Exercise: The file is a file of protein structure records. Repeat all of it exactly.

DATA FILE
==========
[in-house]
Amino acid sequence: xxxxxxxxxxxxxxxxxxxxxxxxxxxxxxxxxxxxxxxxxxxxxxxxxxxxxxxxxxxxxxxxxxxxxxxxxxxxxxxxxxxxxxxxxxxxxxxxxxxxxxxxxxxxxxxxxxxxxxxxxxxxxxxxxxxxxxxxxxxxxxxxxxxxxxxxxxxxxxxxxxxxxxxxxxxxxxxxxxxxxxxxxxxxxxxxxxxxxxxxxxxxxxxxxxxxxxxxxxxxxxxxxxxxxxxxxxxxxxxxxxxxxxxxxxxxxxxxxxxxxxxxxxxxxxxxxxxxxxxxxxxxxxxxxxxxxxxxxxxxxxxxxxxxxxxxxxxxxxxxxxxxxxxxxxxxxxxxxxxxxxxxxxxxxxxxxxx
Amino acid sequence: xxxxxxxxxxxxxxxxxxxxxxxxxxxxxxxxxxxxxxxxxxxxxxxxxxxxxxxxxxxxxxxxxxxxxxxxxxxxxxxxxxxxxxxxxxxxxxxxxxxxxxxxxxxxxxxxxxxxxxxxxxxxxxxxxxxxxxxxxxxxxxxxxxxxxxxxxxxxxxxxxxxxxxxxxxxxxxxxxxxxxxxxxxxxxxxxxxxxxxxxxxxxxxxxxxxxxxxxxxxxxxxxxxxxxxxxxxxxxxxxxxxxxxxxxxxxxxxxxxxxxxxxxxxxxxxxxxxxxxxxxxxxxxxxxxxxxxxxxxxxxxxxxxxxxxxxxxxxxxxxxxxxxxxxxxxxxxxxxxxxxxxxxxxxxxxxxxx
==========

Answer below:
[in-house]
Amino acid sequence: xxxxxxxxxxxxxxxxxxxxxxxxxxxxxxxxxxxxxxxxxxxxxxxxxxxxxxxxxxxxxxxxxxxxxxxxxxxxxxxxxxxxxxxxxxxxxxxxxxxxxxxxxxxxxxxxxxxxxxxxxxxxxxxxxxxxxxxxxxxxxxxxxxxxxxxxxxxxxxxxxxxxxxxxxxxxxxxxxxxxxxxxxxxxxxxxxxxxxxxxxxxxxxxxxxxxxxxxxxxxxxxxxxxxxxxxxxxxxxxxxxxxxxxxxxxxxxxxxxxxxxxxxxxxxxxxxxxxxxxxxxxxxxxxxxxxxxxxxxxxxxxxxxxxxxxxxxxxxxxxxxxxxxxxxxxxxxxxxxxxxxxxxxxxxxxxxxx
Amino acid sequence: xxxxxxxxxxxxxxxxxxxxxxxxxxxxxxxxxxxxxxxxxxxxxxxxxxxxxxxxxxxxxxxxxxxxxxxxxxxxxxxxxxxxxxxxxxxxxxxxxxxxxxxxxxxxxxxxxxxxxxxxxxxxxxxxxxxxxxxxxxxxxxxxxxxxxxxxxxxxxxxxxxxxxxxxxxxxxxxxxxxxxxxxxxxxxxxxxxxxxxxxxxxxxxxxxxxxxxxxxxxxxxxxxxxxxxxxxxxxxxxxxxxxxxxxxxxxxxxxxxxxxxxxxxxxxxxxxxxxxxxxxxxxxxxxxxxxxxxxxxxxxxxxxxxxxxxxxxxxxxxxxxxxxxxxxxxxxxxxxxxxxxxxxxxxxxxxxxx